a Slovenian sculptor, L. Dolinar, also created a work inspired by this theme. He made this Maiden of Kosovo group in the very spontaneous medium of clay in 1925.126 Being a free-standing sculpture, it is the least descriptive of all the works mentioned in this study representing this subject. Dolinar conveys a feeling of tragedy through com- positional means. The seated young woman supports the prone figures of the dying hero. His head falls back while hers is gently inclined; their counter-poised faces express the pathos of the situation, reminding the beholder of the Pieta compositions.
in spite of differences in media, styles, and dates, all these works share a certain formal element: the basic com- position of a female supporting a male figure. Through the visual association with the Lamentation scene and a sen- timental subject selected from a well-known poem of the Kosovo Cycle, these and similar works were assured im- mediate recognition and wide popular appeal.
although this study does not include all of the images in Serbian art depicting Kosovo themes, it still allows cer- tain broad observations to be made. During the medieval period, including the time of the Battle of Kosovo, the vi- sual arts almost mirrored the nature of written sources. Both dealt selectively with the reality of the physical world, a lesser concern in both literature and images. just as there was no detailed written account of the Battle of Kosovo, there was also no visual rendition of it either.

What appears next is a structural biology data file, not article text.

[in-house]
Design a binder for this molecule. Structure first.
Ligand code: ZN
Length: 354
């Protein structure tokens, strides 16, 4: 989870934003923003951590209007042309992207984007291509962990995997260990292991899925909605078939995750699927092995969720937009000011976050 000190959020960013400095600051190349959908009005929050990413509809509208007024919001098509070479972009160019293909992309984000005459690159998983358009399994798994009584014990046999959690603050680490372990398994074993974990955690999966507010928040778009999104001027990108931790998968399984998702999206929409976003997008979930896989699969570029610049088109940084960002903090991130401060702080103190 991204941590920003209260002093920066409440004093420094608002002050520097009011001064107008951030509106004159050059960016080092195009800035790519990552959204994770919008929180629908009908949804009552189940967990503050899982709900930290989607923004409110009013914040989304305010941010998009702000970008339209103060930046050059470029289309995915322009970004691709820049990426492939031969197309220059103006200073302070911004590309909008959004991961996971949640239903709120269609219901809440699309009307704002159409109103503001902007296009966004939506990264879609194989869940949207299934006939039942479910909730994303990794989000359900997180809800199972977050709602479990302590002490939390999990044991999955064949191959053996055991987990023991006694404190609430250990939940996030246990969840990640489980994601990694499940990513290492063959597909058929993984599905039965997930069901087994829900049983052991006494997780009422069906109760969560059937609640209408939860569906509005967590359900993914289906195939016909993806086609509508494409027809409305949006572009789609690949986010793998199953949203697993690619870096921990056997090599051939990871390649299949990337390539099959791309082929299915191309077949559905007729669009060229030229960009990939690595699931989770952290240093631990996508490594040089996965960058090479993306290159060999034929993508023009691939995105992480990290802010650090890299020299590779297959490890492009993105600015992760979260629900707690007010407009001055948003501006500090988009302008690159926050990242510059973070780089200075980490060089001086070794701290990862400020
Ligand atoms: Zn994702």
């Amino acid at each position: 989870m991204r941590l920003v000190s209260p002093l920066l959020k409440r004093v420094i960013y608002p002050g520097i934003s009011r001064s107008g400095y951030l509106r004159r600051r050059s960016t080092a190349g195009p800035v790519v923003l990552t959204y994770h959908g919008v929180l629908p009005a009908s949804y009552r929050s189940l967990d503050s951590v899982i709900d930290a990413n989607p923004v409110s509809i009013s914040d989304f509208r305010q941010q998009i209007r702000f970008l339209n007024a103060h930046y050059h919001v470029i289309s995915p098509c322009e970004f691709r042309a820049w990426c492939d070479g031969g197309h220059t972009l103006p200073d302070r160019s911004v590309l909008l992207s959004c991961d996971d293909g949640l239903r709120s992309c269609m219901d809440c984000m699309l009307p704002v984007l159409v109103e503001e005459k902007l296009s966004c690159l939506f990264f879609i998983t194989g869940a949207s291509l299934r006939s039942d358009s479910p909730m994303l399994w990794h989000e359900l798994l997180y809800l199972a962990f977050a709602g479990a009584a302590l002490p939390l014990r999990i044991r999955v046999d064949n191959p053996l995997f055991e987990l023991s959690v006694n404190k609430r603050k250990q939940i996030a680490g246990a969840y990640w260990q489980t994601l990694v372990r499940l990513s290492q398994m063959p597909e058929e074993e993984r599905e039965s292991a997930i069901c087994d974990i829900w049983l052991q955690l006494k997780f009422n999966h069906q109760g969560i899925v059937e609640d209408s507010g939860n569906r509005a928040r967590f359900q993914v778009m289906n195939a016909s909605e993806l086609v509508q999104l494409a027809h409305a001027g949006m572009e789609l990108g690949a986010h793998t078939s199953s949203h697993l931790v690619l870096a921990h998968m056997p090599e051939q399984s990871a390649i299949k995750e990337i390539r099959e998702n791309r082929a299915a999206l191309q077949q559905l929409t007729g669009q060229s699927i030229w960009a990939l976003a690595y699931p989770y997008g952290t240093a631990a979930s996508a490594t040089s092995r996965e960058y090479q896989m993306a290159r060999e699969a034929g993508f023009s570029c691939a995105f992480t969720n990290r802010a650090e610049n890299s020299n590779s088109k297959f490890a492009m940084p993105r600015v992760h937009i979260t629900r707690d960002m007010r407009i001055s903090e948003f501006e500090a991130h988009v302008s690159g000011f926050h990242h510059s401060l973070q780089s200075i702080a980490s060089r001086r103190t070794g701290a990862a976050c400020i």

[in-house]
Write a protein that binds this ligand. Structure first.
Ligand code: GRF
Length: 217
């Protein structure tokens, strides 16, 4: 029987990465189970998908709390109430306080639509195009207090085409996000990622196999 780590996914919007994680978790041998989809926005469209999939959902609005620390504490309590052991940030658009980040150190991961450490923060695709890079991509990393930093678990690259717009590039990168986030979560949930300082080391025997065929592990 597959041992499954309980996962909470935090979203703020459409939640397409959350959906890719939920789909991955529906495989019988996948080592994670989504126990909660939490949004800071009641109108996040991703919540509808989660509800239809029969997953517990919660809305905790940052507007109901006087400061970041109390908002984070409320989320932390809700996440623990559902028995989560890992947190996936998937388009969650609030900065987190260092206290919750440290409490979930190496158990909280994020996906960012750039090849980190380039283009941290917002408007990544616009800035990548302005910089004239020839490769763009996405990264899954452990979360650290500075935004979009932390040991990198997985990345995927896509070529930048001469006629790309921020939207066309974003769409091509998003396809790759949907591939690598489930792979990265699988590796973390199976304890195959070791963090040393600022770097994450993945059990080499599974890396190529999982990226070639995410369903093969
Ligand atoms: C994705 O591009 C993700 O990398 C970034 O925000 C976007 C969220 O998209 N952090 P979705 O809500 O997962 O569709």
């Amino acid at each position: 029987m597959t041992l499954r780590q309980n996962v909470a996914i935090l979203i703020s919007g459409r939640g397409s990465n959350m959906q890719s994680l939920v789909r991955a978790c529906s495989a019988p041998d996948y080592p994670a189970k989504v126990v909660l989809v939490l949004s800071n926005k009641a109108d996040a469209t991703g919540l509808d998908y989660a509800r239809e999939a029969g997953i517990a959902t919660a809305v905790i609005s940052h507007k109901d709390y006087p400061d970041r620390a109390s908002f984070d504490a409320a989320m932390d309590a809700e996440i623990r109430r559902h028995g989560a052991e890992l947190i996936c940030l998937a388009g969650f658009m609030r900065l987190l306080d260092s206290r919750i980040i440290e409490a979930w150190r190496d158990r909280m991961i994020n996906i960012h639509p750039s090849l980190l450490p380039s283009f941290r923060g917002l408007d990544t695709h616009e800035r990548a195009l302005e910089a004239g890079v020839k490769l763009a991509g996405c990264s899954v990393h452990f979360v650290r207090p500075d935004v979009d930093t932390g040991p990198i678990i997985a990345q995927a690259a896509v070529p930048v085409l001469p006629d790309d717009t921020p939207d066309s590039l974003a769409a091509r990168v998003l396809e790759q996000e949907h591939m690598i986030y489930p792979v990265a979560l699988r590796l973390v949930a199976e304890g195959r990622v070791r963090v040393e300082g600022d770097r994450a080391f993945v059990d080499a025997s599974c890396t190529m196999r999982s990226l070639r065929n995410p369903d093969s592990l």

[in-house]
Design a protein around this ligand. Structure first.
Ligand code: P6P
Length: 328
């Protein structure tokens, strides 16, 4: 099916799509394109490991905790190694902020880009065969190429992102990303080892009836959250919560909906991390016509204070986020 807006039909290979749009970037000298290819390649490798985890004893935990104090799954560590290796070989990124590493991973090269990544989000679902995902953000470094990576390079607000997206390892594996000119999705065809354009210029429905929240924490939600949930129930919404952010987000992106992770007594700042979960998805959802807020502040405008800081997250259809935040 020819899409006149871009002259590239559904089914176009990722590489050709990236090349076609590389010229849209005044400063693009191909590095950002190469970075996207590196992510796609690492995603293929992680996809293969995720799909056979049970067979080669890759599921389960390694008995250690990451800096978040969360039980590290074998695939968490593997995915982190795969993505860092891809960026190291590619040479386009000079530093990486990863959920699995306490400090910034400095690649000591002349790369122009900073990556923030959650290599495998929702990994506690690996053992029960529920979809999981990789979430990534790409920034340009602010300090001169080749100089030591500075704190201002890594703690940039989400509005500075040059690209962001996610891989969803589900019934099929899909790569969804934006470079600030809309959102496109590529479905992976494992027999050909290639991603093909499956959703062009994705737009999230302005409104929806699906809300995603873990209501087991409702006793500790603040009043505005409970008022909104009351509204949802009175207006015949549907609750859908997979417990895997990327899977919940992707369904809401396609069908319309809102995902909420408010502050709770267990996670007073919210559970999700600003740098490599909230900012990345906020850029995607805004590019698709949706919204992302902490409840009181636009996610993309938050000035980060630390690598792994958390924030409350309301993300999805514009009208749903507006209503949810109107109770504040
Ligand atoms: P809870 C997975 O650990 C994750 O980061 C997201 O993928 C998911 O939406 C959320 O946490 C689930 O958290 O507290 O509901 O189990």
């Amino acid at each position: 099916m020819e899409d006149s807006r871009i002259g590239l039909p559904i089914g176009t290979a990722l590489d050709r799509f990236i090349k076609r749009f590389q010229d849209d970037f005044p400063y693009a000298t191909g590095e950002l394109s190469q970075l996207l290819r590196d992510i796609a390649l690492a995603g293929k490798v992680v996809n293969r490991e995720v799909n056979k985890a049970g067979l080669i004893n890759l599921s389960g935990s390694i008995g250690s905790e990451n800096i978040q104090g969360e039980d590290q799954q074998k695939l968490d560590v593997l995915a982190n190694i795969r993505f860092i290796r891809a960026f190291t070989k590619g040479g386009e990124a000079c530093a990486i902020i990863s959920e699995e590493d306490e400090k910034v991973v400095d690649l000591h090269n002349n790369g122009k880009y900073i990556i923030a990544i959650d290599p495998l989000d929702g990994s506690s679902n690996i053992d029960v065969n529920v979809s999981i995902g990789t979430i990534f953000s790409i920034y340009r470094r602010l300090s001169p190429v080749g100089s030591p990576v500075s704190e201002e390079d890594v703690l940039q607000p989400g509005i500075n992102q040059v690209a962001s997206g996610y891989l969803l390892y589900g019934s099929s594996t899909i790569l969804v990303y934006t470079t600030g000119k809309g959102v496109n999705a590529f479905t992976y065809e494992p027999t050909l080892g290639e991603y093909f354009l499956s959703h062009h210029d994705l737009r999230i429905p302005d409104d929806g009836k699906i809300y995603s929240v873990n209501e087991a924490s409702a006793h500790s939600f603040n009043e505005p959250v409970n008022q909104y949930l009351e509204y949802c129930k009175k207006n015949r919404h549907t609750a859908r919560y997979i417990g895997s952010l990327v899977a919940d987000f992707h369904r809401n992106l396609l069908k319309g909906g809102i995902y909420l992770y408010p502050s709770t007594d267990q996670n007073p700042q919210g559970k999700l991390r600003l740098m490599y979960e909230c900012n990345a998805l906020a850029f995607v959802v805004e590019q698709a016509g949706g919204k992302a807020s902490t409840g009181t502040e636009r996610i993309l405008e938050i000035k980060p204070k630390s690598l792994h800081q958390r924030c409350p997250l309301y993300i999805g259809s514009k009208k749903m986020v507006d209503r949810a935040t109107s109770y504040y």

in the post-medieval period of Serbian art, the social and political needs absolutely unique to the Serbian peo- ple dictated the emergence of the depiction of the Battle of Kosovo. During the Baroque period, historical compo- sitions were used for didactic purposes, like religious art. During the Romantic era, however, one finds a prolifera- tion of historical subjects in art. in Serbian painting these compositions depicting Kosovo themes were not inspired directly by history, but by a much more powerful source— the national epic poetry. in order to achieve their goal— illustrative and easily comprehended compositions—the artists used various and often traditional formal means.
a certain amount of historicity, if not history, is pres- ent either explicitly or implicitly in almost every work of art. a work might be a rendition of a prehistoric hunt as envisioned by the artist or an image so totally abstract that it is denied even a title.127 Yet, none of these representa- tions can belie their own periods. Within this broad con- cept of the historicity of images, there is a sub-category of historical compositions which, from the beginnings of recorded history, seem to have been used in a program- matic way. Their purpose, above all, was glorification, pri-
127 elizabeth Frank, Jackson Pollock (New York: abbeville Press, 1983), figs. 56, 57, 62–68, 70, 74, 79, 84, 85, 87, and 88.
Mihaljčić, “The Historical Role,” pp. 344–47, figure on page 139. among other representations of the Maiden of Kosovo is a drawing by Lazar Vozarević (1925–68): Mihaljčić, “The Historical Role,” figure on page 71.

   342   343   344   345   346